proposed that the best thing we could do was to have a consultation of his officers. He then sent Lieutenant Willmon to the right for Colonel D'Utassy, and sent me to the left for Colonel Trimble. I could not find my horse, and I went down to the extreme left on foot. I found Colonel Trimble on horseback by his brigade, and reported to him the order. He started off, and I got back there in time to hear the latter part of the consultation. After some considerable conversation on the subject, Colonel Miles raised a white handkerchief, and ordered others to do the same, General White, I think, proposing to go out with a flag of truce.
By the JUDGE-ADVOCATE:
Question. State what you heard of that consultation, and what was said.
Answer. I do not recollect any of the conversation, except that I heard Colonel D'Utassy remark that he did not see any reason for surrendering.
Question. Was there any conclusion arrived at in which all the officers concurred, or did they just separate, and Colonel Miles himself give the direction that a white flag should be hoisted?
Answer. I did not get there in time to hear the opinions expressed by the different commanding officers. When they separated, Colonel Miles raised his handkerchief, and directed me and others to do the same. Whether that was the agreement of the consultation or not, I do not know. I was not close enough to hear.
Question. You say that Colonel D'Utassy said that he saw no reason for surrendering?
Answer. He made some such remark as that. After the council of officers had broken up, Colonel Miles remarked to some infantry, who were manifesting some dissatisfaction at the hoisting of the white flag, that it was merely for a cessation of hostilities.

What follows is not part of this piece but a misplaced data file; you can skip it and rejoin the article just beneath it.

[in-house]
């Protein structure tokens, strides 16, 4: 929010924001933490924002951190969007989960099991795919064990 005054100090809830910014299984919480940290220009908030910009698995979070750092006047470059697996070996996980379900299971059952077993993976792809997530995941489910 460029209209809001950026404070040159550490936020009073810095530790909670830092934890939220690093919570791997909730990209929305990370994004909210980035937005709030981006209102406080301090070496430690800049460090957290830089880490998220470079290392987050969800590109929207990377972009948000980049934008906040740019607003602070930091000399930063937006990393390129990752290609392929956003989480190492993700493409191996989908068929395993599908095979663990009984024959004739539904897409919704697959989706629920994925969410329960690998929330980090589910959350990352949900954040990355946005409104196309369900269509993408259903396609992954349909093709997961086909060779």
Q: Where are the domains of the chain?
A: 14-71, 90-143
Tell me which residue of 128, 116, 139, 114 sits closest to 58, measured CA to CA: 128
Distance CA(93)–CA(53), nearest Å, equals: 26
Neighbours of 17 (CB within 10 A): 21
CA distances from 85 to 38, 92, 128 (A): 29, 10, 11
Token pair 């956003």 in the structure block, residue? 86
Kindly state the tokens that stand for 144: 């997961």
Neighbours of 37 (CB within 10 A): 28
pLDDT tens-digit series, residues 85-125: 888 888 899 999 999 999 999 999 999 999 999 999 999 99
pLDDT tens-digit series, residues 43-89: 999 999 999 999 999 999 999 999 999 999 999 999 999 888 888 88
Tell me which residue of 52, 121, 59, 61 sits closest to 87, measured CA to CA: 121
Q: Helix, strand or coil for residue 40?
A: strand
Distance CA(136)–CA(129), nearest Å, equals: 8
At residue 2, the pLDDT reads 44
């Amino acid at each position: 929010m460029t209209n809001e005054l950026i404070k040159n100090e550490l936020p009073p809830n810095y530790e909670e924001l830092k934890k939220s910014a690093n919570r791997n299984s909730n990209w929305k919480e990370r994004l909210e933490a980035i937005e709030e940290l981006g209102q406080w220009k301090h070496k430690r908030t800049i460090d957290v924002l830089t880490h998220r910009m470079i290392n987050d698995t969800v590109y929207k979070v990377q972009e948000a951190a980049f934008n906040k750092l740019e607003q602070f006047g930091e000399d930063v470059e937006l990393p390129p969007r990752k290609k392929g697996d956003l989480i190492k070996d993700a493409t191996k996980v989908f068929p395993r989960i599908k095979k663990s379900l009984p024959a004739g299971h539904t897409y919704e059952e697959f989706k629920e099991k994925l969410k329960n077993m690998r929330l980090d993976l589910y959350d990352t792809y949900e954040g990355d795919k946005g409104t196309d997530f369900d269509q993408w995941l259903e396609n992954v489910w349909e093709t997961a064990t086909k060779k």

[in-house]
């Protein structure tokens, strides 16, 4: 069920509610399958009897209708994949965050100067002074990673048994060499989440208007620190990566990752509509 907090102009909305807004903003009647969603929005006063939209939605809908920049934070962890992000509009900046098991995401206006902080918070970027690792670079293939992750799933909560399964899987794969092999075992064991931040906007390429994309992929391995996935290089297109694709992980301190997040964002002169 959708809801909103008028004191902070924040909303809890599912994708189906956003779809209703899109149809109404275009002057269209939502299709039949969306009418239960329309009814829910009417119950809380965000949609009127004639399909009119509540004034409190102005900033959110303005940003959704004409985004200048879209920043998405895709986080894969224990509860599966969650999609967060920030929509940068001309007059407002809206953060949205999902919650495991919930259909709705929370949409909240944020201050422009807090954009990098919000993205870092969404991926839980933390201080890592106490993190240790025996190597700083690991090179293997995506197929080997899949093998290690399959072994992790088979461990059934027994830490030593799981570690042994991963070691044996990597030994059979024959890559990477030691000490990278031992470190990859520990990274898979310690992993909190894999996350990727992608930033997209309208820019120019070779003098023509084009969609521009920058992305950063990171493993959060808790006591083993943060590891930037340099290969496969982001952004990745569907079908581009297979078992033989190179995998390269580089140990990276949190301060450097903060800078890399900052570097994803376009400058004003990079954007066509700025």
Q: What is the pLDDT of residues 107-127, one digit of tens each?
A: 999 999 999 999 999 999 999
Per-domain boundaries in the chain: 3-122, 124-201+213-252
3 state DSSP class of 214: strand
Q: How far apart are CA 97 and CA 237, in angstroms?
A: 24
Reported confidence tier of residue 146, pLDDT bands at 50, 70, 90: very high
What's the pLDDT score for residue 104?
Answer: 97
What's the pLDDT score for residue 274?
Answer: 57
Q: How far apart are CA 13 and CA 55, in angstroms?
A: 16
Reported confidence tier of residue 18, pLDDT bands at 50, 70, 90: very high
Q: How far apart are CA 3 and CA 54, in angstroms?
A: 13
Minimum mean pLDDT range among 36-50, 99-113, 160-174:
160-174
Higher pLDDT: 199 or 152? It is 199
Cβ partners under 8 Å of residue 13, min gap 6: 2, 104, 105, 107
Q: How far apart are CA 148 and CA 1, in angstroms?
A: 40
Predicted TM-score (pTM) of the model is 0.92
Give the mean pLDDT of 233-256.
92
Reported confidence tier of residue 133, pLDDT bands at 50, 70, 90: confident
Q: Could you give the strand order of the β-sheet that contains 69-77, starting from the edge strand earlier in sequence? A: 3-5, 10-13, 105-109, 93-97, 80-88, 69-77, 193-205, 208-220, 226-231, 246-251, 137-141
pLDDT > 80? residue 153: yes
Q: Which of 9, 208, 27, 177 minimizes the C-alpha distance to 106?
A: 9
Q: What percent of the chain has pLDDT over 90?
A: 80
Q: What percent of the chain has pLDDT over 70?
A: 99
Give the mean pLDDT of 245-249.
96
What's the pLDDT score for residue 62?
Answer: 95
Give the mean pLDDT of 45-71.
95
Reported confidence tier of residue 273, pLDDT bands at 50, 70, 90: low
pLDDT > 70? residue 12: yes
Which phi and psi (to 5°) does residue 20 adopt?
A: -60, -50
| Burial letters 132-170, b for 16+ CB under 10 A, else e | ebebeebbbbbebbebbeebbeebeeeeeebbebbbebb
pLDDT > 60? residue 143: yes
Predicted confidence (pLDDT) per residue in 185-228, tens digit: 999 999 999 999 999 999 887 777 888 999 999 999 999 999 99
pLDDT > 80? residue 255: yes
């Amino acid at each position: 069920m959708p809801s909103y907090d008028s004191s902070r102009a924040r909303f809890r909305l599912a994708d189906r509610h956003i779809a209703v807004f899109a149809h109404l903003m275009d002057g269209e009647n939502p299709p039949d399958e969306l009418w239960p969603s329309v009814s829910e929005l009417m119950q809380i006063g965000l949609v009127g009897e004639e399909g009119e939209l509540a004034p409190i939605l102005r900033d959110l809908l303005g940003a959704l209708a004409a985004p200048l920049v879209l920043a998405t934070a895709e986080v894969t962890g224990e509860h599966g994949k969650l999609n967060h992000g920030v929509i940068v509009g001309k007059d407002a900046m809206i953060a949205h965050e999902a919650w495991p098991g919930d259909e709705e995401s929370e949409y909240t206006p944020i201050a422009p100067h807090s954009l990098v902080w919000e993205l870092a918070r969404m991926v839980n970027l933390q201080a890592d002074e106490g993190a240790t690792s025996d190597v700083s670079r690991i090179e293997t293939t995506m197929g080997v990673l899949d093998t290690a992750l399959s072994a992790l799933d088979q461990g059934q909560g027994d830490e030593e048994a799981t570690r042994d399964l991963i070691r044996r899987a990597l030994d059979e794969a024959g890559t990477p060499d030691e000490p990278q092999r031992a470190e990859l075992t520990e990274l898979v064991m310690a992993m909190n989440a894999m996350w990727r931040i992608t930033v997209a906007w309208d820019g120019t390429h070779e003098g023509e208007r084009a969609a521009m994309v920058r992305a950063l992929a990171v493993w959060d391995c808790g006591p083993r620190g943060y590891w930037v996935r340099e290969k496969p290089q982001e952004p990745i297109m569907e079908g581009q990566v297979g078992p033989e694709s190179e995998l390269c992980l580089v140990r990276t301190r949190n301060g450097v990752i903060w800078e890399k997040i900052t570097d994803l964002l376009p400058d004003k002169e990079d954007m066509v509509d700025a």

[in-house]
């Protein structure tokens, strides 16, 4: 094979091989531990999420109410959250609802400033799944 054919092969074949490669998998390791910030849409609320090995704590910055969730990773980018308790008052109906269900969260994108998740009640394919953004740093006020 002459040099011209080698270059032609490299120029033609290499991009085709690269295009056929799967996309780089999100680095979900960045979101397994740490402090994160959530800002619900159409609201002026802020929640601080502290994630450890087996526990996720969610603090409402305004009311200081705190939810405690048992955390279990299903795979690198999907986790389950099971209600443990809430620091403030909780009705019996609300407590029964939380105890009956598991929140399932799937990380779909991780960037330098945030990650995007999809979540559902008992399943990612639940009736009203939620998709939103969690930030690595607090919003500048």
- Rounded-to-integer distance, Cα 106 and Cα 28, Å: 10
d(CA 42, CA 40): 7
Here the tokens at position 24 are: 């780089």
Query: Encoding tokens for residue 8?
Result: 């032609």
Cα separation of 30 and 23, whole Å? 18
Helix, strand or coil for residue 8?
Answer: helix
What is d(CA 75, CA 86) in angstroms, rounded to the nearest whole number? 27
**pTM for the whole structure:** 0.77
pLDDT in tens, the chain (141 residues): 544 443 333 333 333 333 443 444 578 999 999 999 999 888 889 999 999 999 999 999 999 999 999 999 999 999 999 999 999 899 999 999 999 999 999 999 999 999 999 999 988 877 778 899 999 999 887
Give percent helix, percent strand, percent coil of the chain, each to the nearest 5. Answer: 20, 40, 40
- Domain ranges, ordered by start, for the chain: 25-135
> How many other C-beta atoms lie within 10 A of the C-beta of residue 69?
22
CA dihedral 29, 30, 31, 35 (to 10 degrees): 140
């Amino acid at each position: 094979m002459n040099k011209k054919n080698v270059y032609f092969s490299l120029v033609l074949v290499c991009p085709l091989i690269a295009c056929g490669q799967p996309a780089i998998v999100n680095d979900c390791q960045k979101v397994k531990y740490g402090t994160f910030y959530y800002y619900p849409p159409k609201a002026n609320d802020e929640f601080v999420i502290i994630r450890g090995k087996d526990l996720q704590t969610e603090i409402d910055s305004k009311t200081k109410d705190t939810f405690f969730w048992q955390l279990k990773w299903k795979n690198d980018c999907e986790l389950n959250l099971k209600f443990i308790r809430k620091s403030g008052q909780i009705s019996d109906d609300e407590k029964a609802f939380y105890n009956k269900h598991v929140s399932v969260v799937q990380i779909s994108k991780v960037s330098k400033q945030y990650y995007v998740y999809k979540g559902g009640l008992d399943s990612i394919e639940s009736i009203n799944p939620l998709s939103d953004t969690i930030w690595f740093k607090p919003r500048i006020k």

Question. You spoke of the exhaustion of the ammunition. Have you any personal knowledge of that?
Answer. I only know from the report of the officers of artillery; except this, that on Sunday night Major McIlvaine reported that there were but thirty-six rounds left for the Parrott guns.
Question. How long had they been throwing shell?
Answer. From Thursday afternoon.
Question. Constantly or only occasionally?
Answer. Occasionally on Thursday afternoon. On Friday the two guns under Colonel Ward were firing, at intervals, almost all day, and on Saturday morning the guns under Captain McGrath in Colonel Ford's intrenchments. On Sunday morning we commenced throwing shell early in the morning on to Loudoun Heights, where the enemy were throwing up batteries. We kept up a constant shelling pretty nearly through Sunday forenoon, until Colonel Miles ordered us to save the ammunition, unless we saw something to fire at.
Question. How long after the retreat of General Pope's army did you hear of the approach of the enemy toward Harper's Ferry?
Answer. It was about the 1st of September that our pickets were driven in. Our communications were cut off on the 3rd of September, both railroad and telegraph.
Question. You mean those with Baltimore?
Answer. Yes, sir; for two or three days our communications by telegraph were open by Martinsburg to Cumberland and to Pittsburgh, and thence to Baltimore.
Question. The supply of ammunition on hand was not such as to prepare you for sustaining a siege?
Answer. Colonel Miles always represented that he could hold the place for five days. The supply of ammunition was not very extensive. There had been a requisition made for ammunition, which the railroad being cut off prevented us from getting. On the 1st of September there was a letter sent from Baltimore to the ordnance officer, representing that they had no ammunition there suitable for the guns we had, and